Sidewalk Stencils: Hopscotch

Hopscotch • 1+ Players

  1. Players line up at the start of the hopscotch.
  2. Player one tosses a beanbag or small stone onto square 1. Then they jump over this square and proceed through the numbers until they reach the end where they turn around and hop back through the course. Remember when there are two numbers side by side, you can put both feet down at the same time!
  3. Player one picks up their beanbag or stone and then player two repeats until all players have completed the course.
  4. Once completing the course by skipping square 1, players go again, tossing the beanbag or stone onto square 2 and proceed just as before, however this time skipping square 2. 
  5. The game continues, with players skipping each number until square 10 is skipped. If a player jumps on a line or lands on the skipped number, they start again.

Math Hopscotch • 2+ Players

This game works best with someone calling out math problems for the players. One person can play by doing their own math problems.

  1. The callers says a math problem with the answer between 1-10.
  2. The first players hops to that number. Then the caller asks, how many hops until 10? Once answered correctly, the players goes to 10 then hops back to the start. While waiting to hop to ten, the hopper can balance on one foot or run in place.
  3. Repeat for all players.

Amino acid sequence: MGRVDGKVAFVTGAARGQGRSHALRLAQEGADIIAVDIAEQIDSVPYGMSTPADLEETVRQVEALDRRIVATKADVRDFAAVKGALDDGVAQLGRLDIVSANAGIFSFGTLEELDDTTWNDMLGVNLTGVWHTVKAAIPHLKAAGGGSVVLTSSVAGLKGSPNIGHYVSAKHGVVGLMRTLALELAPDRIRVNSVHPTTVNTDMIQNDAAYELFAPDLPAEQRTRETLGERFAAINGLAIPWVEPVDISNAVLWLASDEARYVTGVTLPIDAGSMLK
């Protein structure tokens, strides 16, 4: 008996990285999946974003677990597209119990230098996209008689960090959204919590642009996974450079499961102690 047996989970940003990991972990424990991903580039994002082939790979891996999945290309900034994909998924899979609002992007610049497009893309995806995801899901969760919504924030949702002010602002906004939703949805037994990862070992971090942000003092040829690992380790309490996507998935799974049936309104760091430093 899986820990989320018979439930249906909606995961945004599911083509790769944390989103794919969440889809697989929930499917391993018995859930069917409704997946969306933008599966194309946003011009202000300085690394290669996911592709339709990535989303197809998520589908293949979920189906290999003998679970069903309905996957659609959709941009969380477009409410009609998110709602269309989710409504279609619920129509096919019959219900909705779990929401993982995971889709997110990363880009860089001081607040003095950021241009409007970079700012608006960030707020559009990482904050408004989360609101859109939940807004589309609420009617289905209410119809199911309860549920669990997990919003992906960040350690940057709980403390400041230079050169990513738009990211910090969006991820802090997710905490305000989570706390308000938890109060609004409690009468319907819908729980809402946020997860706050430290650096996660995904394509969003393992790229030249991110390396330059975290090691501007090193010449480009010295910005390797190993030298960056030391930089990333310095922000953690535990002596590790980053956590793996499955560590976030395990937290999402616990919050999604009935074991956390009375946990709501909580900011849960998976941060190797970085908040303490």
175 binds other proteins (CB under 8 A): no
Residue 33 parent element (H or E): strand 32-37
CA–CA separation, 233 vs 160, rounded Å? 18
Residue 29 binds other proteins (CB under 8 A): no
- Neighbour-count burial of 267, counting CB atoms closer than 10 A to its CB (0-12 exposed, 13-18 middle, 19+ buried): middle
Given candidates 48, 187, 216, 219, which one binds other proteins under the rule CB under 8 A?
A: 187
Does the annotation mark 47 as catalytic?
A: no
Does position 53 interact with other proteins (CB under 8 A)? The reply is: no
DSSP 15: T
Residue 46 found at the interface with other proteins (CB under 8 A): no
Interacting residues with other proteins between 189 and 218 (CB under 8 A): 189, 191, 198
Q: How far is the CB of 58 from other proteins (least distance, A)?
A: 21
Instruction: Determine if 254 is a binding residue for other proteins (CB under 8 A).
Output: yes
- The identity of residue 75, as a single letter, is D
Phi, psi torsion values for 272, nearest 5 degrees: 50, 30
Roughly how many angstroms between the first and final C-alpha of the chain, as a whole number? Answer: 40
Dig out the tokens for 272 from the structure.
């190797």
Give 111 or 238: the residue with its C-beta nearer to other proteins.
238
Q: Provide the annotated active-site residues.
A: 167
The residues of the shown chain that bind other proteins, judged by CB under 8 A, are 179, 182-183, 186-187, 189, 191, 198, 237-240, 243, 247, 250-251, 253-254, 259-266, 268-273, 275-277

* The Cent$ible Nutrition Program is funded by USDA SNAP-Ed and EFNEP. SNAP-Ed assists individuals and families who receive, or are eligible to receive, benefits from the Supplemental Nutrition Assistance Program (SNAP). EFNEP assists families and youth with limited resources  in acquiring the knowledge, skills, attitudes, and changed behaviors necessary for nutritionally sound diets and contributes to their personal development and the improvement of total family diet and nutritional welfare. Visit our income-qualification page to learn more. 

This material was funded by USDA’s Supplemental Nutrition Assistance Program – SNAP. This institution is an equal opportunity provider. This material was funded by USDA’s Expanded Food and Nutrition Education Program-EFNEP. USDA is an equal opportunity provider and employer.

Issued in furtherance of extension work, acts of May 8 and June 30, 1914, in cooperation with the U.S. Department of Agriculture. Kelly Crane, Director, University of Wyoming Extension, College of Agriculture and Natural Resources, University of Wyoming Extension, University of Wyoming, Laramie, Wyoming 82071.

The University of Wyoming is an equal opportunity/affirmative action institution.

Translate »